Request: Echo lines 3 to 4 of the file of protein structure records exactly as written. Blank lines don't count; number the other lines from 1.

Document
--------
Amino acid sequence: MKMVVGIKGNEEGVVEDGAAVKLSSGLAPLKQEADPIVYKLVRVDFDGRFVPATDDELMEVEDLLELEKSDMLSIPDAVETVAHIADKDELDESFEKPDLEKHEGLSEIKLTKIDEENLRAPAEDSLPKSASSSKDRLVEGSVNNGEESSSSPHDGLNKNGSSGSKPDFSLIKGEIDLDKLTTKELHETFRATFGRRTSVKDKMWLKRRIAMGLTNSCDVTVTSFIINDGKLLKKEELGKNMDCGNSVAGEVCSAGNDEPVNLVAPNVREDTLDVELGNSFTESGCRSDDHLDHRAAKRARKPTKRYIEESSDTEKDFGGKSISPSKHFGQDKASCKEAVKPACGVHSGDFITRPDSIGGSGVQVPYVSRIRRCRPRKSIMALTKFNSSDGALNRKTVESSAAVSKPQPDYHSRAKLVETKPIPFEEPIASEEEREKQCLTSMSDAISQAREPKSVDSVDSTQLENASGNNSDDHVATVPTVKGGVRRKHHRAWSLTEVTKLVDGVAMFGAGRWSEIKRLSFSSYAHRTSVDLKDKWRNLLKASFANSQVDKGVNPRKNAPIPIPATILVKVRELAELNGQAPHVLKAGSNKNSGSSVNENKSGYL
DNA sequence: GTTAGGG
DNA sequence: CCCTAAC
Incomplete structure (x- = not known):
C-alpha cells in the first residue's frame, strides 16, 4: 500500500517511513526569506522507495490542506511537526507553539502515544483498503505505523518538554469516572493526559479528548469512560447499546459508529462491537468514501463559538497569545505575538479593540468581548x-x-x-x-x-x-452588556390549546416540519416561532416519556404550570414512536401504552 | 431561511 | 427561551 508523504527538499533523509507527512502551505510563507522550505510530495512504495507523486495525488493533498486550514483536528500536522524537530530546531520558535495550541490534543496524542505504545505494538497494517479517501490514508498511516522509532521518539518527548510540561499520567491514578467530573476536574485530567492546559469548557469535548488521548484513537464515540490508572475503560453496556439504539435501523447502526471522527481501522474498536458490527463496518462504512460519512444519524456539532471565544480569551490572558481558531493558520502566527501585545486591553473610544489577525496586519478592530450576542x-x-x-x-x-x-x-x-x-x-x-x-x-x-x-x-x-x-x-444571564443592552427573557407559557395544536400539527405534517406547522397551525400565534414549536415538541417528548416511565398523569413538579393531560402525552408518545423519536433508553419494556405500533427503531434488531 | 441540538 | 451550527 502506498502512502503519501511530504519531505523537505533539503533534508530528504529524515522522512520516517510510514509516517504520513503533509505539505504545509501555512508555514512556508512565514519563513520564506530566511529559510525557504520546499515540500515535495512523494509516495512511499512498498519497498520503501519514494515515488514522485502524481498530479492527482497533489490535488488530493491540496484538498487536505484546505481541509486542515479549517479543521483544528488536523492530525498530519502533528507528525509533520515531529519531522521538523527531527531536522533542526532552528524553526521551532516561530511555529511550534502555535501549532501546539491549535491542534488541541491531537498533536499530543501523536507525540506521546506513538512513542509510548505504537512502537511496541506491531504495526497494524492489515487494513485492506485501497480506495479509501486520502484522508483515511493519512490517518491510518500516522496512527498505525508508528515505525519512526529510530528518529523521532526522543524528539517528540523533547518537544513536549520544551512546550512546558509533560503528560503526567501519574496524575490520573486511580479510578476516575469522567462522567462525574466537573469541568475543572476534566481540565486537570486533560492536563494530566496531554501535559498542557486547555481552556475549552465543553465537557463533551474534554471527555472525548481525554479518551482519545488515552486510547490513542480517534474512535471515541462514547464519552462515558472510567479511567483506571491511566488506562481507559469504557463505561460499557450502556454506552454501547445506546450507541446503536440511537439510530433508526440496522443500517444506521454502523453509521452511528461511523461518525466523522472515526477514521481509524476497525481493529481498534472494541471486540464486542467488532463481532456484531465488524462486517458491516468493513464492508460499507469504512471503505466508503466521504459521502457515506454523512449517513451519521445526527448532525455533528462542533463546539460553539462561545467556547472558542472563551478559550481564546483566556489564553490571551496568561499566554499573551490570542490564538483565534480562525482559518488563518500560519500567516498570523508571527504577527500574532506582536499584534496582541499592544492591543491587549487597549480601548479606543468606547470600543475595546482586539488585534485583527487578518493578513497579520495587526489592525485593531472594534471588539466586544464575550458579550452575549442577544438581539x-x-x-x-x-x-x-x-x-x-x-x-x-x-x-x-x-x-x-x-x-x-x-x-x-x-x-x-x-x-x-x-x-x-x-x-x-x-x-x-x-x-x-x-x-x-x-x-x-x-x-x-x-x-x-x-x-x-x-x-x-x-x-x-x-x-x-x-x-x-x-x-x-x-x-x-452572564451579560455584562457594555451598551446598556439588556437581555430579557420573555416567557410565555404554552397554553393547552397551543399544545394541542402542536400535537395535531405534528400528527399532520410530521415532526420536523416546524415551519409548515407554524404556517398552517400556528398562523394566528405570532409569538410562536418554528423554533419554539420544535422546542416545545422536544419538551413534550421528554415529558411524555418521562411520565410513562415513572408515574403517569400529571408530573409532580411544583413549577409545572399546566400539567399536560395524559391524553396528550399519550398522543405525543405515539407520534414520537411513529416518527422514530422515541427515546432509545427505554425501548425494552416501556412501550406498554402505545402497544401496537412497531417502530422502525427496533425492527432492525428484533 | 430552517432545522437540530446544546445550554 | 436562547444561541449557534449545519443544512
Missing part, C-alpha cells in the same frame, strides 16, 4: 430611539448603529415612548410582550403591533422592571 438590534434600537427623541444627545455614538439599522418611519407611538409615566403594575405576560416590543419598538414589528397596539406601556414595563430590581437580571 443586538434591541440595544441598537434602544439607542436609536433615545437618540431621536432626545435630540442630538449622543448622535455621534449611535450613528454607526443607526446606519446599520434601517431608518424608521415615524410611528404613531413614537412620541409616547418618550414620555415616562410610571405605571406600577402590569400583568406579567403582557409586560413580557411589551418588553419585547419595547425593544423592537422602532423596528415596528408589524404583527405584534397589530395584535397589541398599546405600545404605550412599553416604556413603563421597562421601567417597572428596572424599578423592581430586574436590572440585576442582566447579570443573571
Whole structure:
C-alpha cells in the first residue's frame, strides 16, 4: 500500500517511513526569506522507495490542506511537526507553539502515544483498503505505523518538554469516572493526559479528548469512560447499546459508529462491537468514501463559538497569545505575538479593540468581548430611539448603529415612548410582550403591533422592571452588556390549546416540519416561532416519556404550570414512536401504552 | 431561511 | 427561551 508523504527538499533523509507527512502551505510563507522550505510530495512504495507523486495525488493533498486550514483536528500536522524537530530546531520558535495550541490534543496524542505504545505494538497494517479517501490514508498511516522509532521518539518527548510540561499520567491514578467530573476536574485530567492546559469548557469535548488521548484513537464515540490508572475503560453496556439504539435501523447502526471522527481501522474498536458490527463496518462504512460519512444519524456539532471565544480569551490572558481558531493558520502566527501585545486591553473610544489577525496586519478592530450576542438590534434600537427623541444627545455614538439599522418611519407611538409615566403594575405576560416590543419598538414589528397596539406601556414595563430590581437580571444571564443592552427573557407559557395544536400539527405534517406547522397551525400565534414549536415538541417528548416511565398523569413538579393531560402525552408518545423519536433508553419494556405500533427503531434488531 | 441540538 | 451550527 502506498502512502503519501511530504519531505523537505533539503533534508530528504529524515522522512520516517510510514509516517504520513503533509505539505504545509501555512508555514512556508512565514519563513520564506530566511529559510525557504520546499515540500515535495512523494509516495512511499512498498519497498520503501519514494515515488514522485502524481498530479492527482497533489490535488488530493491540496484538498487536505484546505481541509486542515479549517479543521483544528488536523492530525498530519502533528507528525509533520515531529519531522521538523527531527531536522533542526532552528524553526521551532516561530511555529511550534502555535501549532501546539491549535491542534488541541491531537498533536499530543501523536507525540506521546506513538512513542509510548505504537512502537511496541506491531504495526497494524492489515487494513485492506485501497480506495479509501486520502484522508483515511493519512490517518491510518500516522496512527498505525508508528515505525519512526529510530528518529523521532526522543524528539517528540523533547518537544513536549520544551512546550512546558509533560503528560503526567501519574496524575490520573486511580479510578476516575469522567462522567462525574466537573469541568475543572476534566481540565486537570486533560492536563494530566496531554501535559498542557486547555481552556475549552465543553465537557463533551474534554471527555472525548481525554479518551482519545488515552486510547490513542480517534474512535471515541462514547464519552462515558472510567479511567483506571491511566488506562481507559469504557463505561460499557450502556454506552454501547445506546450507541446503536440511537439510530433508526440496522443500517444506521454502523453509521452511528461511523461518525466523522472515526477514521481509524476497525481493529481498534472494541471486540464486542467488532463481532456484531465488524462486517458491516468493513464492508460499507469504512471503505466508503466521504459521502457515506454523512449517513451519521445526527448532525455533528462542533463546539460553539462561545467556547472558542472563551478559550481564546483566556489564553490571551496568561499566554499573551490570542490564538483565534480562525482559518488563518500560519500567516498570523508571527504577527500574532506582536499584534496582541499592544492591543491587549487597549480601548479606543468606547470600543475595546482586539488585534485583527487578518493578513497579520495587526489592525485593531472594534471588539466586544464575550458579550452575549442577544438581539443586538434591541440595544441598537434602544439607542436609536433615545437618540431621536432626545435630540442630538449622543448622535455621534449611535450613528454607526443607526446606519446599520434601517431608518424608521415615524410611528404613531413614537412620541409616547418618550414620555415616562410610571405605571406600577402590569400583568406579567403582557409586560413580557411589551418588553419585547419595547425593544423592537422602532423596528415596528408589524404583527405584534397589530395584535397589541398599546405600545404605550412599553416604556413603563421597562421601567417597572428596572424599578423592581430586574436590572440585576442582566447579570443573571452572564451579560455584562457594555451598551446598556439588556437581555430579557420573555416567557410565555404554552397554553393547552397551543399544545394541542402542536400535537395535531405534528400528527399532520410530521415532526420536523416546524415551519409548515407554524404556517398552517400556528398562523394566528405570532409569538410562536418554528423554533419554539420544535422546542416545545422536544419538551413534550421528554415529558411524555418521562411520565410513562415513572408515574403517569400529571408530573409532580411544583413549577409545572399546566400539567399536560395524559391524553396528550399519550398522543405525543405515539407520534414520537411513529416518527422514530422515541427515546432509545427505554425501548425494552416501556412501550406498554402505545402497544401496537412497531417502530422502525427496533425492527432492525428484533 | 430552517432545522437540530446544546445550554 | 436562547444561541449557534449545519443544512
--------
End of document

DNA sequence: CCCTAAC
Incomplete structure (x- = not known):